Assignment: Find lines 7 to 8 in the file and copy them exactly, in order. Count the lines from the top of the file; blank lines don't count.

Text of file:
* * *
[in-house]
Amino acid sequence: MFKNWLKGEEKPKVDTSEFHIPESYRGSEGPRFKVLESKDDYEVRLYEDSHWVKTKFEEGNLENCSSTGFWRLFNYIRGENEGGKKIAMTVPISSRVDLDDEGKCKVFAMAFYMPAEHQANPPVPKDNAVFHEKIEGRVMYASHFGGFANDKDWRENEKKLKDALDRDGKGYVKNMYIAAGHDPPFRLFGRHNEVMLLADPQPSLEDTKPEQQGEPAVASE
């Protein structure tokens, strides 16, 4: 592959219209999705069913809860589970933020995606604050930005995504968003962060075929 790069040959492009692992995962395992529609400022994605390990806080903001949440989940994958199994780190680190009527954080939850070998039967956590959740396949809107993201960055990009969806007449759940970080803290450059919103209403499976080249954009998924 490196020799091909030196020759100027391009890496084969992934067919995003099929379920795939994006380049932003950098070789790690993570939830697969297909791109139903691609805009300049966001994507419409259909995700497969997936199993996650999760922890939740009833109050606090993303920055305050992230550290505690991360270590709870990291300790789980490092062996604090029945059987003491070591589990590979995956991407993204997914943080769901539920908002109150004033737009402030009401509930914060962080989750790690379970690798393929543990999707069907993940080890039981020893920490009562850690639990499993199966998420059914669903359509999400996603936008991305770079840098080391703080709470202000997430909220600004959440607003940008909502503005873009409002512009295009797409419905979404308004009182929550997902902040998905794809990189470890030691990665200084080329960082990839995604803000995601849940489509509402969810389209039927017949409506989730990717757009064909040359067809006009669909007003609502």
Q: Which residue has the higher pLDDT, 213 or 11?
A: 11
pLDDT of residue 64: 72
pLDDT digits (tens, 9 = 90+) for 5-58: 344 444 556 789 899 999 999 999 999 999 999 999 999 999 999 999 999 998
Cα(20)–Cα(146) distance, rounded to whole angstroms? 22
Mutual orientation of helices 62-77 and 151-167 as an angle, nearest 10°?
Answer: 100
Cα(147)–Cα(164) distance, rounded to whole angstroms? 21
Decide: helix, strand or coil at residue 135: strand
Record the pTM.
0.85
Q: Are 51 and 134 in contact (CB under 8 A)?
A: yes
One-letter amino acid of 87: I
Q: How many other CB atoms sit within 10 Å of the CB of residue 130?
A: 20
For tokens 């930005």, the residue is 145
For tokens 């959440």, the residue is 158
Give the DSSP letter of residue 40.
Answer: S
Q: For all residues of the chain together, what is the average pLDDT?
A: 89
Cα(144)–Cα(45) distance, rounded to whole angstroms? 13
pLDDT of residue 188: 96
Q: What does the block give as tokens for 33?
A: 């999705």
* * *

pLDDT digits (tens, 9 = 90+) for 5-58: 344 444 556 789 899 999 999 999 999 999 999 999 999 999 999 999 999 998
Cα(20)–Cα(146) distance, rounded to whole angstroms? 22